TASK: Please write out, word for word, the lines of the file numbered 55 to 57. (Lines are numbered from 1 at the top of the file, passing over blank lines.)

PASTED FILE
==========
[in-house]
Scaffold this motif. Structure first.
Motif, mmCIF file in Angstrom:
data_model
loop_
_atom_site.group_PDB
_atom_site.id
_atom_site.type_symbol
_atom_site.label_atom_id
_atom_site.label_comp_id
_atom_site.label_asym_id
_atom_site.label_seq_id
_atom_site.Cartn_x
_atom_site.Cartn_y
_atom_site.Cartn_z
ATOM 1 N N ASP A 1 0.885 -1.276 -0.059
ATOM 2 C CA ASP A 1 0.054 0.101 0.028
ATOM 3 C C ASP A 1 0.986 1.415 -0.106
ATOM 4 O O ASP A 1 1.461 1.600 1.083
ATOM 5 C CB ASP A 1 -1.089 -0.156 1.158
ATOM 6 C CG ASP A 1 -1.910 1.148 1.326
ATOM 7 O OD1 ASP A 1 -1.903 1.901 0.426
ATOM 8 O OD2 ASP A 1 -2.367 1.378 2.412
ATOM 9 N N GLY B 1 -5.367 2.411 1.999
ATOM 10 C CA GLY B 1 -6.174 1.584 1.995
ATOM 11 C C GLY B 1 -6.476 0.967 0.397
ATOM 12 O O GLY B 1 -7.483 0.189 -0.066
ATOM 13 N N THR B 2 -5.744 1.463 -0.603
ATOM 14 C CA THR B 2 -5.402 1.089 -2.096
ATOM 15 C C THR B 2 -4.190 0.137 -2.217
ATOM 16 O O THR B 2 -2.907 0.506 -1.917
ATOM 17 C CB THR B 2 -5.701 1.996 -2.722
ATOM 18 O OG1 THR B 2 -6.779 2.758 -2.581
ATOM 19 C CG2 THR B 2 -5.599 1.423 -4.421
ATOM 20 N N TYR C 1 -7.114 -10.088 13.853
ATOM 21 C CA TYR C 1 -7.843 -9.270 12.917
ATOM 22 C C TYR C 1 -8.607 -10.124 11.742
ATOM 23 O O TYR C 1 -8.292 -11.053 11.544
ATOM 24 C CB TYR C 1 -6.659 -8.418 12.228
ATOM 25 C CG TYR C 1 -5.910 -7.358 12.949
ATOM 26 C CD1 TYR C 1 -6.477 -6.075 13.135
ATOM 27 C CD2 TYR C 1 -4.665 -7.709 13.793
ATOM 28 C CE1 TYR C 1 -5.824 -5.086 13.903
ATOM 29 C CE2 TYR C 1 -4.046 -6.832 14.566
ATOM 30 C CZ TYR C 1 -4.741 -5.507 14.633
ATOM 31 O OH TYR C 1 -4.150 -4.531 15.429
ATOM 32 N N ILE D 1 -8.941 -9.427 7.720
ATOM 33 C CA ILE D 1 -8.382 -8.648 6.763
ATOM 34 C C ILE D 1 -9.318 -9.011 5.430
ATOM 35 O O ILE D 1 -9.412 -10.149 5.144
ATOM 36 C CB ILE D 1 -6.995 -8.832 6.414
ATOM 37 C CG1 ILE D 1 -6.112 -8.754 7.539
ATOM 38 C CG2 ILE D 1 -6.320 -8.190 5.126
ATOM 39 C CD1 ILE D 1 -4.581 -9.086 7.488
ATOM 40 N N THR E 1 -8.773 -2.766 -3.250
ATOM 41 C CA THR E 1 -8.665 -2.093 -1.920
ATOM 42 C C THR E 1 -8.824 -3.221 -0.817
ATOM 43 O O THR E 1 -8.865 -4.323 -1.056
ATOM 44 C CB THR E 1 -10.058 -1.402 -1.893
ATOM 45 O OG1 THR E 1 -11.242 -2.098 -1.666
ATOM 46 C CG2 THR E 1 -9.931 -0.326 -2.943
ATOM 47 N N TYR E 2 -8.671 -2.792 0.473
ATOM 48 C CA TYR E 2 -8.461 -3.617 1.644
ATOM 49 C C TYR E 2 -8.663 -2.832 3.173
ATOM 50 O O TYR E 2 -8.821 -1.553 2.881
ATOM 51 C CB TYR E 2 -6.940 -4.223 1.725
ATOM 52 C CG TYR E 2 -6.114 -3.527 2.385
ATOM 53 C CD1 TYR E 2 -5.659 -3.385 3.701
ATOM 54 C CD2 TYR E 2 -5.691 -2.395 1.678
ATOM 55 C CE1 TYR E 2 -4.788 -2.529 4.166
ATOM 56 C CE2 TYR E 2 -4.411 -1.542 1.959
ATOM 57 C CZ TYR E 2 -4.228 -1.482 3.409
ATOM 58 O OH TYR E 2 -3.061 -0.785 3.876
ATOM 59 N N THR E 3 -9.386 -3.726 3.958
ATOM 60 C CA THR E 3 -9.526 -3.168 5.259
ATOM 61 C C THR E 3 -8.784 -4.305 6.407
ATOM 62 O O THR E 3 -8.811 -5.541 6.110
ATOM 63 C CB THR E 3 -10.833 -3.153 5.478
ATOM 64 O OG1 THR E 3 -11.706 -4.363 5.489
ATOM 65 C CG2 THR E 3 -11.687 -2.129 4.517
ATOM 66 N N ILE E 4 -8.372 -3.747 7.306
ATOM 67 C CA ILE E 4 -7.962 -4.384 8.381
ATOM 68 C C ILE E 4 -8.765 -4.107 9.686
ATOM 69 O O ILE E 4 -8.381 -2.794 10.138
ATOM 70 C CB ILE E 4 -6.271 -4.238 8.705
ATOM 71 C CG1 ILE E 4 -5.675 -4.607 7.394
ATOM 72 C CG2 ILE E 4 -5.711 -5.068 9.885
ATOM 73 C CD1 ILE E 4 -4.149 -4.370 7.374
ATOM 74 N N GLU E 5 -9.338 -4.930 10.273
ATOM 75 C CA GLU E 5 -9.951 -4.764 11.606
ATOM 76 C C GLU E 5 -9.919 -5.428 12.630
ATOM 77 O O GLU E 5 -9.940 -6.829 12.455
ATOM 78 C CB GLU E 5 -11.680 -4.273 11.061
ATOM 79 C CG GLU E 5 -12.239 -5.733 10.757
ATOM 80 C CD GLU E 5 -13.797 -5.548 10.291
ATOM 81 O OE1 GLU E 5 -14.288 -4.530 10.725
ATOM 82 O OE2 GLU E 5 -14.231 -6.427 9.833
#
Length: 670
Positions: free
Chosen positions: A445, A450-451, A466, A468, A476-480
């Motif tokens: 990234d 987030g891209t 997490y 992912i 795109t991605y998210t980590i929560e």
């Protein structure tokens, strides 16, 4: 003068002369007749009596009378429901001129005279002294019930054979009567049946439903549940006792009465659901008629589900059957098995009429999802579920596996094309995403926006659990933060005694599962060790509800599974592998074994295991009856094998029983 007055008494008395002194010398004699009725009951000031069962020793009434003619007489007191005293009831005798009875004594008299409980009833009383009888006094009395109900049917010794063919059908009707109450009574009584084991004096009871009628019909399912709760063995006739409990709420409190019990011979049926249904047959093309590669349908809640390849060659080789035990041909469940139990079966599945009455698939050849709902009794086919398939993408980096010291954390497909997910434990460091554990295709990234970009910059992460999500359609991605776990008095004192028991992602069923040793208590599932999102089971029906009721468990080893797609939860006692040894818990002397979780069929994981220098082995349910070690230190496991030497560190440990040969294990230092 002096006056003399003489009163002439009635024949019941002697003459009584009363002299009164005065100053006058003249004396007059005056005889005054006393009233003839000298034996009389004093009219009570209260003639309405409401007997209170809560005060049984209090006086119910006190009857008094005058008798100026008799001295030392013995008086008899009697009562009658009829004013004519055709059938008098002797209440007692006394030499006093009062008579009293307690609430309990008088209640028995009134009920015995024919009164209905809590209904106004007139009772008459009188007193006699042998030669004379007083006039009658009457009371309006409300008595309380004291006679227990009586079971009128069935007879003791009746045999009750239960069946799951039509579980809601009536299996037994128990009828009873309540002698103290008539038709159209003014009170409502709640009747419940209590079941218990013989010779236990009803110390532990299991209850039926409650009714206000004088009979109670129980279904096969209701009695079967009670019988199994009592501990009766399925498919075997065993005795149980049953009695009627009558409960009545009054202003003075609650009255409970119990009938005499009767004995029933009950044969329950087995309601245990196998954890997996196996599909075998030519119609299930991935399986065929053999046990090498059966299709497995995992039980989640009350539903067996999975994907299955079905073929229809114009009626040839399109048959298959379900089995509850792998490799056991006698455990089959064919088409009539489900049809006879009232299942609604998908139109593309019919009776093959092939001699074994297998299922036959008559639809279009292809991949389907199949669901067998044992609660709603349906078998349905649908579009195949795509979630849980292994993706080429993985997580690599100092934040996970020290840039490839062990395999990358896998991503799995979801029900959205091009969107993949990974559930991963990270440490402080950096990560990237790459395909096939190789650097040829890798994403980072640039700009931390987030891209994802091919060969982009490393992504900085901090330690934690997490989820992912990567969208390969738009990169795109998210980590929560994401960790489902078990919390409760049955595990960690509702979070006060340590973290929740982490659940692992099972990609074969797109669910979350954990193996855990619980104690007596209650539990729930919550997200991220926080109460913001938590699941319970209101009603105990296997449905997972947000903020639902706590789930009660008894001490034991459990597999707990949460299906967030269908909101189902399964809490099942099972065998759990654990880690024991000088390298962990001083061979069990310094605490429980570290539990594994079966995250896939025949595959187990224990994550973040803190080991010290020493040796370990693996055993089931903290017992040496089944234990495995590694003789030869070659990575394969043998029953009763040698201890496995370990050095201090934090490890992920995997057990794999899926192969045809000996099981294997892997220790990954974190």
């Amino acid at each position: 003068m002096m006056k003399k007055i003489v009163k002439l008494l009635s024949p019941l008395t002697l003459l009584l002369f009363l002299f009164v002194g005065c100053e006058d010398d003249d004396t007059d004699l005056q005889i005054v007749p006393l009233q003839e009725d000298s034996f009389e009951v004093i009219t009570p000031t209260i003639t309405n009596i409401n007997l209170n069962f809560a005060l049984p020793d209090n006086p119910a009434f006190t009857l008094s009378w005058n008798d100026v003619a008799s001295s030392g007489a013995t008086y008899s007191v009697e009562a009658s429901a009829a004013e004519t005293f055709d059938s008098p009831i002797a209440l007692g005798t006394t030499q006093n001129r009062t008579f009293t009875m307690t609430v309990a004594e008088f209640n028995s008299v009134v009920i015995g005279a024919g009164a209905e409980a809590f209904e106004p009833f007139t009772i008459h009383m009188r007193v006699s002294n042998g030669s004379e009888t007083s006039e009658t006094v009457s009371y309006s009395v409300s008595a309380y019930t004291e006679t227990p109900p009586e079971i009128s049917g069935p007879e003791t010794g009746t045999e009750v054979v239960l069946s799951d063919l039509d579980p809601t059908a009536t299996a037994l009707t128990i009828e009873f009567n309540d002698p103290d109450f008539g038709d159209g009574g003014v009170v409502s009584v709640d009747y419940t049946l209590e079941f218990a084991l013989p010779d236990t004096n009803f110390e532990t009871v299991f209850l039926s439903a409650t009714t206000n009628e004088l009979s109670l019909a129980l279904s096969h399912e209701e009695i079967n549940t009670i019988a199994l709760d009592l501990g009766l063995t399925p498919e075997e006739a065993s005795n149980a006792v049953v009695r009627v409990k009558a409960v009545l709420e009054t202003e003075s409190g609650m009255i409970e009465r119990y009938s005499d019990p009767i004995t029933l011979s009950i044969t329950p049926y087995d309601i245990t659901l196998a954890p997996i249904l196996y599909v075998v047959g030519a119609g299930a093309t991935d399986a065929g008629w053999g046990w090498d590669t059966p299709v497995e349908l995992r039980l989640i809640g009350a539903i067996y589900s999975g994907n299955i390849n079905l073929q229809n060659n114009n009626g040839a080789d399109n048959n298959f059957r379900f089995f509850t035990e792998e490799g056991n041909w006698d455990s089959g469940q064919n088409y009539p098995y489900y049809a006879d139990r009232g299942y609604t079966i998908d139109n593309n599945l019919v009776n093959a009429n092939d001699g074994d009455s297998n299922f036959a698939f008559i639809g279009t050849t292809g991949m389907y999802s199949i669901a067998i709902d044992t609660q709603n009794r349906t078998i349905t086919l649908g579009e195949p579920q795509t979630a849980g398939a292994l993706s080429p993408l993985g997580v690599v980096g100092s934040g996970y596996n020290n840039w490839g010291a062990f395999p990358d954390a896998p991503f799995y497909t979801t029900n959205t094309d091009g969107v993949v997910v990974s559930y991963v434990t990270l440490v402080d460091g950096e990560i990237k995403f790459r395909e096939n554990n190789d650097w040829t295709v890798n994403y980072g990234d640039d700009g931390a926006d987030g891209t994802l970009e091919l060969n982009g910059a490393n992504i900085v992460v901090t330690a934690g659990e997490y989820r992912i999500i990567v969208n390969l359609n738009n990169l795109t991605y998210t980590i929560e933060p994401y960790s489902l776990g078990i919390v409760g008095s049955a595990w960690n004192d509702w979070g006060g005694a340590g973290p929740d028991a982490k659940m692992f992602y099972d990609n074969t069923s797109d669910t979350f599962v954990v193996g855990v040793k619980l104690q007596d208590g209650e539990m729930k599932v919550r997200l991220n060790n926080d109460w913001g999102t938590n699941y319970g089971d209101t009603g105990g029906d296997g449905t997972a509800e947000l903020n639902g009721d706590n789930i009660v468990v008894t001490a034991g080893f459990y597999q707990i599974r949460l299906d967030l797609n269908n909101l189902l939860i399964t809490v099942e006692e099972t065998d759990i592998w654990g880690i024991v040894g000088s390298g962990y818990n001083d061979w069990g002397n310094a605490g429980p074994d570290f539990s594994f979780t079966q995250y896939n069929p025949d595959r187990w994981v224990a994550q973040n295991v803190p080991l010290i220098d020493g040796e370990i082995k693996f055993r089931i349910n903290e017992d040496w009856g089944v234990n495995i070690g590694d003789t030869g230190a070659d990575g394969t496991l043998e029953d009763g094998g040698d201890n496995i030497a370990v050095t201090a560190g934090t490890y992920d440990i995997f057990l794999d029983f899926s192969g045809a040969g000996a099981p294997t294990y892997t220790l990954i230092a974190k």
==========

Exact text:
ATOM 40 N N THR E 1 -8.773 -2.766 -3.250
ATOM 41 C CA THR E 1 -8.665 -2.093 -1.920
ATOM 42 C C THR E 1 -8.824 -3.221 -0.817